Wednesday, March 11, 2015

Artificial glacier could help Ladakh villagers adapt to climate change

Ice Stupa Artificial Glaciers of Ladakh : The Monk (HH the Rinpochey), The Engineer and The Artificial Glacier on 1st of May 2014.
 An artificial glacier made in the form of an ice stupa in Ladakh. Photograph:
Villagers of the high desert of Ladakh in India’s Jammu and Kashmir state used to harvest bountiful crops of barley, wheat, fruits, and vegetables in summer.

But for years the streams have run dry in spring, just when farmers needed water to sow seeds. They had water when it wasn’t needed during the rest of the year, such as in winter, when Ladakhis let water gush from taps to prevent pipes from freezing and bursting.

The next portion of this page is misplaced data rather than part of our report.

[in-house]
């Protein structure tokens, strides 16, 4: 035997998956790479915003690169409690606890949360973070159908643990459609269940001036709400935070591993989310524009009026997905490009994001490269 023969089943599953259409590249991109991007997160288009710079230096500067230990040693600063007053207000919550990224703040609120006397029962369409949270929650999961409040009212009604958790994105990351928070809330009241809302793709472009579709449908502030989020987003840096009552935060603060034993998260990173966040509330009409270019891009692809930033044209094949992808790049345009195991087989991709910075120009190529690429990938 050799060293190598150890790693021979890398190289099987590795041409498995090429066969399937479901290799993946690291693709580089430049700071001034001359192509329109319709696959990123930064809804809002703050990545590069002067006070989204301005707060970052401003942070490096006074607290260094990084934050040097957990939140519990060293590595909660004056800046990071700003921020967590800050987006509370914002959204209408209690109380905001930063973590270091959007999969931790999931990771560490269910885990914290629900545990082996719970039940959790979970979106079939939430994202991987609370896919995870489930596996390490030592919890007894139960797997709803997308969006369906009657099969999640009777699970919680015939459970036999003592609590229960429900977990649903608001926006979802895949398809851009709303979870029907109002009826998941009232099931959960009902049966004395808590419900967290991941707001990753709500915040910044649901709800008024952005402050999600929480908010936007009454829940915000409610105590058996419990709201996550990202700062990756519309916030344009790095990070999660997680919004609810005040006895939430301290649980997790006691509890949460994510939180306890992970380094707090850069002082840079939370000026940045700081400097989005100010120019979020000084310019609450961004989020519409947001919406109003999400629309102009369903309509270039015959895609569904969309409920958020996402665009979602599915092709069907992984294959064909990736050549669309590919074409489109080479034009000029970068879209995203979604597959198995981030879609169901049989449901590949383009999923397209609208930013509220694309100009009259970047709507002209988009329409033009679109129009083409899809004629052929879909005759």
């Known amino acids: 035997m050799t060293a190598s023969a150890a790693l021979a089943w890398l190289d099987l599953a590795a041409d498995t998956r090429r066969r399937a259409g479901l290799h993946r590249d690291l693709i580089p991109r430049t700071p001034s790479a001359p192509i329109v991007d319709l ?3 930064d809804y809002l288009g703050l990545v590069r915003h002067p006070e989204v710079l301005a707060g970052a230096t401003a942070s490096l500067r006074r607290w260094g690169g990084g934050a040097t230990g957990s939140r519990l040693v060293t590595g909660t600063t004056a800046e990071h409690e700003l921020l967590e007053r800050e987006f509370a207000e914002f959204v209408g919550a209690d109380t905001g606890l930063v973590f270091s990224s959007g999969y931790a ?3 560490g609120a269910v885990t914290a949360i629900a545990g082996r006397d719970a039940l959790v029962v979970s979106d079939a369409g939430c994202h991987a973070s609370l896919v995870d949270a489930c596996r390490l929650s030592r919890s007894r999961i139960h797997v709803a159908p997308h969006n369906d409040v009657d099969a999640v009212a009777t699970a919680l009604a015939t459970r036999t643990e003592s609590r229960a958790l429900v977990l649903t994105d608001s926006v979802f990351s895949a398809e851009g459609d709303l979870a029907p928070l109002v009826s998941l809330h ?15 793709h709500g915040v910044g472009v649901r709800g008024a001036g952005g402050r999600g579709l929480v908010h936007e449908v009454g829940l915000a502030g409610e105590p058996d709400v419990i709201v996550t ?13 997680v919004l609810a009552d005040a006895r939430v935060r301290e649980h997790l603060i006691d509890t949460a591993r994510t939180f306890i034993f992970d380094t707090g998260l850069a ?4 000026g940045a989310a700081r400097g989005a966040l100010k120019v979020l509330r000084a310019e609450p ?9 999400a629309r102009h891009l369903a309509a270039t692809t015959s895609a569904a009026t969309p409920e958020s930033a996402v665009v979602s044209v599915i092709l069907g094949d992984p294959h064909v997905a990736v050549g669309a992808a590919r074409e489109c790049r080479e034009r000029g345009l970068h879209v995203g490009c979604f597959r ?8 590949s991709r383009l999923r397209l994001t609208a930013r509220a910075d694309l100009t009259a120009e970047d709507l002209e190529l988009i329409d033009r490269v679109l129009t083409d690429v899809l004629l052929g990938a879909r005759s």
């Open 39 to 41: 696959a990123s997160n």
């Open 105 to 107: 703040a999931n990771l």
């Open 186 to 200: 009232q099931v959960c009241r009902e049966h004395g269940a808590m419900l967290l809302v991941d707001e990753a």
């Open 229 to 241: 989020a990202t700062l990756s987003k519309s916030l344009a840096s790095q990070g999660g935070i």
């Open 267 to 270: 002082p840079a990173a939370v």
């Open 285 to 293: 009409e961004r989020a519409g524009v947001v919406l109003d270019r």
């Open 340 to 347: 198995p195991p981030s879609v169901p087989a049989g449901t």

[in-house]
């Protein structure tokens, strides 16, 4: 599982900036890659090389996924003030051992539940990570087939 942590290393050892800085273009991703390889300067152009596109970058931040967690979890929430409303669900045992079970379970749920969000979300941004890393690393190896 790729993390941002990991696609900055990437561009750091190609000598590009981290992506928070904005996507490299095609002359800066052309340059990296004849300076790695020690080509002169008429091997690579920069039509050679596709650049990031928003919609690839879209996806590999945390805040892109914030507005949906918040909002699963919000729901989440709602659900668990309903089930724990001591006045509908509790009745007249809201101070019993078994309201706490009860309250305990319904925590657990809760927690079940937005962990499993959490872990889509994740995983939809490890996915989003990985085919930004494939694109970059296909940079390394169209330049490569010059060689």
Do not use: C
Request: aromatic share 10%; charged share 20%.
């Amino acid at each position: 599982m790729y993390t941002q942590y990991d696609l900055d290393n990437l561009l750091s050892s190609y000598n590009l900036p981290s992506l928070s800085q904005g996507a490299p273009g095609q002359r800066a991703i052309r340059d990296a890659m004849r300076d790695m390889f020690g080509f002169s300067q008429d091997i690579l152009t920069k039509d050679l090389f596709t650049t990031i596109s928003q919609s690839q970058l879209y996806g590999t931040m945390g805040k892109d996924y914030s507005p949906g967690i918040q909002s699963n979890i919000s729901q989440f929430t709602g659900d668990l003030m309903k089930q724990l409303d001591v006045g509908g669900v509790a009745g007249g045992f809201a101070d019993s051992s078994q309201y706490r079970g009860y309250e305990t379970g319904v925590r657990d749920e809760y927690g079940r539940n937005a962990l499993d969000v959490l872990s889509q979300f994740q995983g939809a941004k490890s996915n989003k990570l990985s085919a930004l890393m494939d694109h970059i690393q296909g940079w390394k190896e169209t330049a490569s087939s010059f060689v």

Villagers blame climate change for causing glaciers to shrink by melting them faster than before.

To resolve the water-shortage problem, Sonam Wangchuk, a mechanical engineer, and his team of volunteers are building a gigantic vertical block of ice in Phyang, nine miles from Leh, the capital of Ladakh. When spring comes and the artificial glacier melts, farmers will have flowing water.

The ingenious method stores water without the need for concrete water storage tanks or dams. While it won’t stop glaciers from shrinking, it could help people adapt to a warming world.

Read more at the Guardian

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